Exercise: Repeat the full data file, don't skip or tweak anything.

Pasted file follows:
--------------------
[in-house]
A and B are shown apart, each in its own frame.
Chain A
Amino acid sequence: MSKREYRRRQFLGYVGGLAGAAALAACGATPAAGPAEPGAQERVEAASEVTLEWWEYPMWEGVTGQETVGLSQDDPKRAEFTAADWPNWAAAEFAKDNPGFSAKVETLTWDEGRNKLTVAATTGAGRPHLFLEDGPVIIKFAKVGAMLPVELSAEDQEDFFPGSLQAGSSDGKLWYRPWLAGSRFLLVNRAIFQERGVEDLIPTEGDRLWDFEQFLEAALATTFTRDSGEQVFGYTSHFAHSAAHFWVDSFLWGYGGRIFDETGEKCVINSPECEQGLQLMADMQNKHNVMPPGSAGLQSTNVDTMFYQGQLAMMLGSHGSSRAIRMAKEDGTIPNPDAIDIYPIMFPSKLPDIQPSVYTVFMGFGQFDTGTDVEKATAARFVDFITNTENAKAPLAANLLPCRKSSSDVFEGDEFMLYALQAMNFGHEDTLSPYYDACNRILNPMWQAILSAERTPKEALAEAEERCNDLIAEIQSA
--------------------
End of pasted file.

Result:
[in-house]
A and B are shown apart, each in its own frame.
Chain A
Amino acid sequence: MSKREYRRRQFLGYVGGLAGAAALAACGATPAAGPAEPGAQERVEAASEVTLEWWEYPMWEGVTGQETVGLSQDDPKRAEFTAADWPNWAAAEFAKDNPGFSAKVETLTWDEGRNKLTVAATTGAGRPHLFLEDGPVIIKFAKVGAMLPVELSAEDQEDFFPGSLQAGSSDGKLWYRPWLAGSRFLLVNRAIFQERGVEDLIPTEGDRLWDFEQFLEAALATTFTRDSGEQVFGYTSHFAHSAAHFWVDSFLWGYGGRIFDETGEKCVINSPECEQGLQLMADMQNKHNVMPPGSAGLQSTNVDTMFYQGQLAMMLGSHGSSRAIRMAKEDGTIPNPDAIDIYPIMFPSKLPDIQPSVYTVFMGFGQFDTGTDVEKATAARFVDFITNTENAKAPLAANLLPCRKSSSDVFEGDEFMLYALQAMNFGHEDTLSPYYDACNRILNPMWQAILSAERTPKEALAEAEERCNDLIAEIQSA